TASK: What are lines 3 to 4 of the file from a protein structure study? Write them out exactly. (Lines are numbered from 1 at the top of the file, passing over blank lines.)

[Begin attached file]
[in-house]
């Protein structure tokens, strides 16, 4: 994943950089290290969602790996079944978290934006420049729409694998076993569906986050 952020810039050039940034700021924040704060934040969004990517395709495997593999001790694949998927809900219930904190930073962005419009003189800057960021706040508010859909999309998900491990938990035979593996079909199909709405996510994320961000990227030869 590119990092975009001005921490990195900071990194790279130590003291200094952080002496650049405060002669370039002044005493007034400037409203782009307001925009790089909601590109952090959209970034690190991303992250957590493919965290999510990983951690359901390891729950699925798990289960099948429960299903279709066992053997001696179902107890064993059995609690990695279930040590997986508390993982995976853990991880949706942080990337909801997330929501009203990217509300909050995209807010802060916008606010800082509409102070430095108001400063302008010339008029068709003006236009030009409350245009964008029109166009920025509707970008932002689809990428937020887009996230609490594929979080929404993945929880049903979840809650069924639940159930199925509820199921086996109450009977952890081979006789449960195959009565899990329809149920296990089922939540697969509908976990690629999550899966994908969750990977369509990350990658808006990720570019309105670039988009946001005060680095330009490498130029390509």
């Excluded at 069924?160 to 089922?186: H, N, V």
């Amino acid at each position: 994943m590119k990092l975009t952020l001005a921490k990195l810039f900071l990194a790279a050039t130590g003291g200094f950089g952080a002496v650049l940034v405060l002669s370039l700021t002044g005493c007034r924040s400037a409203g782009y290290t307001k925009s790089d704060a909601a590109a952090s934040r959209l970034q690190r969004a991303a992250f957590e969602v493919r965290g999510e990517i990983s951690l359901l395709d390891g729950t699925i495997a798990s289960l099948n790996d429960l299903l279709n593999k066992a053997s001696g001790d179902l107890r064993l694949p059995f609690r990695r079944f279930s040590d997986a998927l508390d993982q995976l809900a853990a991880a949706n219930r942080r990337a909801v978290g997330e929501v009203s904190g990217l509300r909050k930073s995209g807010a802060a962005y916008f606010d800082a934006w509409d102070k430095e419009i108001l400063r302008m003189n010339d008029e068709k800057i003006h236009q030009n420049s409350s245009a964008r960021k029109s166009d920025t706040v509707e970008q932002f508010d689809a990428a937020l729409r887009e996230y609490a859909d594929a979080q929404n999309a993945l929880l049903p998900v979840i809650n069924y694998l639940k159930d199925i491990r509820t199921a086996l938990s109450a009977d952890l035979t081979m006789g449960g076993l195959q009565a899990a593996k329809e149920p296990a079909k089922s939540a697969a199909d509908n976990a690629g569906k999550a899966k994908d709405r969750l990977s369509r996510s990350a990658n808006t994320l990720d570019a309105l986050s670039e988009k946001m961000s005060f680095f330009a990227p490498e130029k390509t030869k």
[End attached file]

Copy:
């Excluded at 069924?160 to 089922?186: H, N, V």
């Amino acid at each position: 994943m590119k990092l975009t952020l001005a921490k990195l810039f900071l990194a790279a050039t130590g003291g200094f950089g952080a002496v650049l940034v405060l002669s370039l700021t002044g005493c007034r924040s400037a409203g782009y290290t307001k925009s790089d704060a909601a590109a952090s934040r959209l970034q690190r969004a991303a992250f957590e969602v493919r965290g999510e990517i990983s951690l359901l395709d390891g729950t699925i495997a798990s289960l099948n790996d429960l299903l279709n593999k066992a053997s001696g001790d179902l107890r064993l694949p059995f609690r990695r079944f279930s040590d997986a998927l508390d993982q995976l809900a853990a991880a949706n219930r942080r990337a909801v978290g997330e929501v009203s904190g990217l509300r909050k930073s995209g807010a802060a962005y916008f606010d800082a934006w509409d102070k430095e419009i108001l400063r302008m003189n010339d008029e068709k800057i003006h236009q030009n420049s409350s245009a964008r960021k029109s166009d920025t706040v509707e970008q932002f508010d689809a990428a937020l729409r887009e996230y609490a859909d594929a979080q929404n999309a993945l929880l049903p998900v979840i809650n069924y694998l639940k159930d199925i491990r509820t199921a086996l938990s109450a009977d952890l035979t081979m006789g449960g076993l195959q009565a899990a593996k329809e149920p296990a079909k089922s939540a697969a199909d509908n976990a690629g569906k999550a899966k994908d709405r969750l990977s369509r996510s990350a990658n808006t994320l990720d570019a309105l986050s670039e988009k946001m961000s005060f680095f330009a990227p490498e130029k390509t030869k």